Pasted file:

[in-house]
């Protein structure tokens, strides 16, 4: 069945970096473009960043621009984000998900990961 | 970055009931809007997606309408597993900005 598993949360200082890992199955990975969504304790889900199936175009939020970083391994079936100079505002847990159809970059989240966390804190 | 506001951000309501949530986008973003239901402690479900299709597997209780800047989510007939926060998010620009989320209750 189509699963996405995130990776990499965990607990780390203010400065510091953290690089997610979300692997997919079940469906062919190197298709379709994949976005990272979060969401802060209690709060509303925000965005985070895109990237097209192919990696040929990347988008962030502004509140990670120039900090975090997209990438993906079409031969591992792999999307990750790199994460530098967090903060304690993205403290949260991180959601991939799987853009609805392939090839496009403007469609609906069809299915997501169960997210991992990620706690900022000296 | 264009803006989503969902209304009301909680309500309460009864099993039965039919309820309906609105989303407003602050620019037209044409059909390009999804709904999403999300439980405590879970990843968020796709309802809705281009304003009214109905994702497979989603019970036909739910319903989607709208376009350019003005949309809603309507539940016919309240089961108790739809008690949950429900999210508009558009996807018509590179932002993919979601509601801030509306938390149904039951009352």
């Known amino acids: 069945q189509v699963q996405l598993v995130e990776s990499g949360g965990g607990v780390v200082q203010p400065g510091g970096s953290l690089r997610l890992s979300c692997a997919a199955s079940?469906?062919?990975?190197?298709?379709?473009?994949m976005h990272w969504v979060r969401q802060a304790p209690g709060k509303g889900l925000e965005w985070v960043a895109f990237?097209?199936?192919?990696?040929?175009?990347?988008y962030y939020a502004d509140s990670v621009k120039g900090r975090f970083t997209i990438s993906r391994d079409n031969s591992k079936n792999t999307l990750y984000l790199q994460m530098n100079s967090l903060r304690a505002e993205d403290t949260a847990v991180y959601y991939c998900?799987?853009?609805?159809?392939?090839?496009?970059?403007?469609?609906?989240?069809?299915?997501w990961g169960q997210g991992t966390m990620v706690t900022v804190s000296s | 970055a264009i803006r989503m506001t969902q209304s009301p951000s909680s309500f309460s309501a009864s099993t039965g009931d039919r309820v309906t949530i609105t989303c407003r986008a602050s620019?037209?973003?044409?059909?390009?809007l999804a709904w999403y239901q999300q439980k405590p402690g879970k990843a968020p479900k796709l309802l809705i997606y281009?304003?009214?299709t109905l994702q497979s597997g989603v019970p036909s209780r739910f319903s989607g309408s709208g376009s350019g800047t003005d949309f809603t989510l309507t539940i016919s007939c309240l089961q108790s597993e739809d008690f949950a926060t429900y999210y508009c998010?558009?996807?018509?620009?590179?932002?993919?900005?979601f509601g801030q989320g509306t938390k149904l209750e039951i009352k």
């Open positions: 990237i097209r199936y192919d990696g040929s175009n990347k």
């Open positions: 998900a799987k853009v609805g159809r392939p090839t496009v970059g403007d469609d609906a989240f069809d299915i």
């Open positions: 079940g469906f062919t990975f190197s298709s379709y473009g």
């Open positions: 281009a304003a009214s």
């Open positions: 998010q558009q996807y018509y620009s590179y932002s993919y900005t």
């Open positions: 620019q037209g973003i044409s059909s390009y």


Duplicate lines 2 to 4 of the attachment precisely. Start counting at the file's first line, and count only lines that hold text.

């Protein structure tokens, strides 16, 4: 069945970096473009960043621009984000998900990961 | 970055009931809007997606309408597993900005 598993949360200082890992199955990975969504304790889900199936175009939020970083391994079936100079505002847990159809970059989240966390804190 | 506001951000309501949530986008973003239901402690479900299709597997209780800047989510007939926060998010620009989320209750 189509699963996405995130990776990499965990607990780390203010400065510091953290690089997610979300692997997919079940469906062919190197298709379709994949976005990272979060969401802060209690709060509303925000965005985070895109990237097209192919990696040929990347988008962030502004509140990670120039900090975090997209990438993906079409031969591992792999999307990750790199994460530098967090903060304690993205403290949260991180959601991939799987853009609805392939090839496009403007469609609906069809299915997501169960997210991992990620706690900022000296 | 264009803006989503969902209304009301909680309500309460009864099993039965039919309820309906609105989303407003602050620019037209044409059909390009999804709904999403999300439980405590879970990843968020796709309802809705281009304003009214109905994702497979989603019970036909739910319903989607709208376009350019003005949309809603309507539940016919309240089961108790739809008690949950429900999210508009558009996807018509590179932002993919979601509601801030509306938390149904039951009352």
């Known amino acids: 069945q189509v699963q996405l598993v995130e990776s990499g949360g965990g607990v780390v200082q203010p400065g510091g970096s953290l690089r997610l890992s979300c692997a997919a199955s079940?469906?062919?990975?190197?298709?379709?473009?994949m976005h990272w969504v979060r969401q802060a304790p209690g709060k509303g889900l925000e965005w985070v960043a895109f990237?097209?199936?192919?990696?040929?175009?990347?988008y962030y939020a502004d509140s990670v621009k120039g900090r975090f970083t997209i990438s993906r391994d079409n031969s591992k079936n792999t999307l990750y984000l790199q994460m530098n100079s967090l903060r304690a505002e993205d403290t949260a847990v991180y959601y991939c998900?799987?853009?609805?159809?392939?090839?496009?970059?403007?469609?609906?989240?069809?299915?997501w990961g169960q997210g991992t966390m990620v706690t900022v804190s000296s | 970055a264009i803006r989503m506001t969902q209304s009301p951000s909680s309500f309460s309501a009864s099993t039965g009931d039919r309820v309906t949530i609105t989303c407003r986008a602050s620019?037209?973003?044409?059909?390009?809007l999804a709904w999403y239901q999300q439980k405590p402690g879970k990843a968020p479900k796709l309802l809705i997606y281009?304003?009214?299709t109905l994702q497979s597997g989603v019970p036909s209780r739910f319903s989607g309408s709208g376009s350019g800047t003005d949309f809603t989510l309507t539940i016919s007939c309240l089961q108790s597993e739809d008690f949950a926060t429900y999210y508009c998010?558009?996807?018509?620009?590179?932002?993919?900005?979601f509601g801030q989320g509306t938390k149904l209750e039951i009352k």
């Open positions: 990237i097209r199936y192919d990696g040929s175009n990347k």